One fifth of people think over 40s not allowed to adopt

Family|News|November 8th 2012

Almost 20 per cent of people believe potential adopters over the age of 40 would be ruled out, according to new research from the British Association for Adoption & Fostering (BAAF).

Other findings from the research, carried out in the run-up to National Adoption Week, include:
*18 per cent thought being single would bar someone from adopting.
*24 per cent thought having a low household income make you ineligible.
*19 per cent thought being lesbian, gay or bisexual would make you unable to adopt.
*39 per cent thought being unemployed would you rule you out, and a decisive 69 per cent thought if you had a criminal conviction you would not be considered either.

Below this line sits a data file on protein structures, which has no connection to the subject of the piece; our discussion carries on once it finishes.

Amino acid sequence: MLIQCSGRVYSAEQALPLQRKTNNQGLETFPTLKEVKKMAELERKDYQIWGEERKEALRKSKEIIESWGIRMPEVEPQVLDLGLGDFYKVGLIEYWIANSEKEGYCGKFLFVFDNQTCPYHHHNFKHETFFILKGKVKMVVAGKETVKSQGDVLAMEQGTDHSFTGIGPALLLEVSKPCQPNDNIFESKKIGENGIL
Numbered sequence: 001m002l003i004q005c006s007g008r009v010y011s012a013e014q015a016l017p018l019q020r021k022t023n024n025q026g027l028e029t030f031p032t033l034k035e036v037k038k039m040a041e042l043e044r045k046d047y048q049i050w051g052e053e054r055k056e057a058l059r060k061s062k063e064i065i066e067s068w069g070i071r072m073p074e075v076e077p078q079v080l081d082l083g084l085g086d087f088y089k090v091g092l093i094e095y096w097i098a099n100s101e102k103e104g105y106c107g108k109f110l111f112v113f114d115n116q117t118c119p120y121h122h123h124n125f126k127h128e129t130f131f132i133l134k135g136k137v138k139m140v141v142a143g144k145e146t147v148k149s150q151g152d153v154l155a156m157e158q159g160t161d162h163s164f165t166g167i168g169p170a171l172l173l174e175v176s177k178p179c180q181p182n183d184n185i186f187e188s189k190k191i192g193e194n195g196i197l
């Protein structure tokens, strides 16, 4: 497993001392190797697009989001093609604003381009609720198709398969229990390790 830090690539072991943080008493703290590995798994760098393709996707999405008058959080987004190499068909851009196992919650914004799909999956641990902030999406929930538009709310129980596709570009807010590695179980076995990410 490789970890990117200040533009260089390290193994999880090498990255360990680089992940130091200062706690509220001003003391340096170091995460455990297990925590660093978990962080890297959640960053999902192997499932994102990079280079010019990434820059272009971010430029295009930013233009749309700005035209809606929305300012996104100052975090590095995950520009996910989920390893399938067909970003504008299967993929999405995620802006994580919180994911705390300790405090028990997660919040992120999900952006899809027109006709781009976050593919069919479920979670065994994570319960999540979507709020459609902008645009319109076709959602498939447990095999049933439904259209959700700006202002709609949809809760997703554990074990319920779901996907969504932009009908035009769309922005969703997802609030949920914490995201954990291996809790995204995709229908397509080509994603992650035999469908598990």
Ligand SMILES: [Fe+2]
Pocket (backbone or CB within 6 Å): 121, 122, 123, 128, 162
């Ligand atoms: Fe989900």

In a statement, BAAF said:

“In fact, you don’t have to be married or in a civil partnership to adopt. Every year many single people and unmarried couples successfully adopt children. You must be over 21 to apply to adopt a child – but there is no upper age limit.”

The statement continued:

“A prospective adopter’s health, financial circumstances and employment status will always be explored as part of an adoption assessment but health conditions, low income or being unemployed will not in themselves automatically exclude a person from being approved to adopt. A criminal record will also need to be considered as part of the assessment process but with the exception of certain specified offences will not necessarily rule someone out.”

Author: Stowe Family Law

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